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May 2003 / from the editor :: email this story to a friend

They're the People That You Meet Each Day
By Amanda E. Doyle

There's nothing like an energetic, fifty-something man in a tutu and tiara, prancing around in pom pom-encrusted drum majorette boots and twirling a baton furiously, to put a smile on your face. By now, surely everyone in the metro area has seen or at least heard of Bob Jamerson, the Central West End's "baton guy," but the rise of his popularity doesn't diminish the effect he has on me every single time I encounter him: I crack up. He's just one of several St. Louis standbys who cannot fail to make me happy when I see them. Having a bad day? Need a reminder of why it's good to live in the Gateway City? Use this handy-dandy "Guide to the Mirthful" and the shortest distance between two points will be a smile.

Another fellow doing his small part to spread goodwill is a man I call "boombox guy." (You'll notice lots of these folks have somewhat generic descriptor names...but it makes it easy for other people to quickly ascertain who you're talking about. "Oh, boombox guy? I've seen him.") Boombox Guy rides a sort of too-old-to-be-new-but-not-nearly-vintage bicycle with a large, clunky boombox bungee-corded and otherwise affixed to the frame; he often pedals past the open door of The Commonspace with his music blaring — usually instrumental, sometimes gospel. More often than not, he's dressed in a dapper suit, shiny shoes and sometimes a jaunty fedora. He's never stopped long enough for me to get his story, but seems content to trail a stream of music in his wake.

The woman clowning around in the intersection of Kingshighway and Delmar seems genuinely happy to be doing what she's doing, handing out little flowers, sometimes candy, or just smiles. Despite the nutty traffic at that corner — folks desperate to turn into The Loop will do just about anything, nearby cops be damned — her serene smile never fades. Of course, it is painted on...and she's got Jesus in her heart, too.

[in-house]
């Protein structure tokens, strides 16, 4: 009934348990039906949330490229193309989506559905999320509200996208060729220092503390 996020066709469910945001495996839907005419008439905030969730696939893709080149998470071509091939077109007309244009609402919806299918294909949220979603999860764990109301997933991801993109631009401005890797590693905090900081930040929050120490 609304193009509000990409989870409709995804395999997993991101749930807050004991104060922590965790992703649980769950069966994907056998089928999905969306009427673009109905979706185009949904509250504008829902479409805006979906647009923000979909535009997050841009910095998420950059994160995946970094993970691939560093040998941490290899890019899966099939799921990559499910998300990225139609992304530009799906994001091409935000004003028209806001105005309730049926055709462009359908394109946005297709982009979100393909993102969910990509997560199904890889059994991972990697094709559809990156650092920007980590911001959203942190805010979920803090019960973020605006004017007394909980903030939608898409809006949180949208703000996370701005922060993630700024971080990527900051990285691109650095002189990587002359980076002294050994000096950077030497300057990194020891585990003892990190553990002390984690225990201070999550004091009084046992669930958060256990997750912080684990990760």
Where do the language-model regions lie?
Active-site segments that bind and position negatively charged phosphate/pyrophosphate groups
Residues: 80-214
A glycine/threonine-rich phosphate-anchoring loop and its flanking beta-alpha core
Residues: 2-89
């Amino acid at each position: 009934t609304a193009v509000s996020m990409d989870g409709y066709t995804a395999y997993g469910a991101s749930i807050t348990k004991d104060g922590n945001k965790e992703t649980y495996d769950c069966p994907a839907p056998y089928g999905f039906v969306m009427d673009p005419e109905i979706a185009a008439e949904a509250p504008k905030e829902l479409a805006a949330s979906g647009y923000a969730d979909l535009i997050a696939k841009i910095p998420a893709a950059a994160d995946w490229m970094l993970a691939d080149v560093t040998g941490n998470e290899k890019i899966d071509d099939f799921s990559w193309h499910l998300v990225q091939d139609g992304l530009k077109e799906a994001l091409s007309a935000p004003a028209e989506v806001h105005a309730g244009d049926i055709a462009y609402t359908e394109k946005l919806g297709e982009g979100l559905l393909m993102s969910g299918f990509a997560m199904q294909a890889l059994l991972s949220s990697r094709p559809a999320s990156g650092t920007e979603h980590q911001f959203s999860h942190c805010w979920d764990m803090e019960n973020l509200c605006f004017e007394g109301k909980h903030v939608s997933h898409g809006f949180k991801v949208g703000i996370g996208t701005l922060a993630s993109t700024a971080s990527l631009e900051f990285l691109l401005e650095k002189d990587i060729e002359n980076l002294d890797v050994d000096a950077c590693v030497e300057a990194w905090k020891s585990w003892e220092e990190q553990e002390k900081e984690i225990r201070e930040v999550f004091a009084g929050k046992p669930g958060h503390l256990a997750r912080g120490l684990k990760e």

For sheer ubiquity, I don't think anyone can beat Dan Dunsford, Party Planner. This man — and his black-and-white-striped/leopard-spotted van, with a license plate that says "ZEBRA," a bumper sticker that advises, "Support Wildlife; Throw a Party," and a fuzzy tail dragging behind — covers some ground. He lives in my 'hood (drive north on Gustine and you'll see his arty installation of mannequins enjoying a permanent party on his second-story back porch), but I've seen him in Creve Coeur, South County and everywhere in between. I can't say that I've planned a party lately — dogs and lax housekeeping tend to render my abode inhospitable terrain for visitors — but if I had a soirée in mind, you can bet Dan Dunsford, Party Planner, would get the first call.

And finally, there's Father Time. Many people probably live in dread of reminders from this character, but when he's assumed the form of so chipper a fellow as Paul Pagano, he's nothing to fear at all. Pagano appears at Cardinals games, municipal festivals and fetes of every stripe, and even (as in my most recent spotting) just hanging around downtown, wearing bunny ears, holding a sign reading, "Father Time says, 'Happy Easter!'" and waving jovially to drivers on an otherwise unremarkable Friday afternoon.

That's the kind of entertainment that only serendipity in St. Louis can provide.

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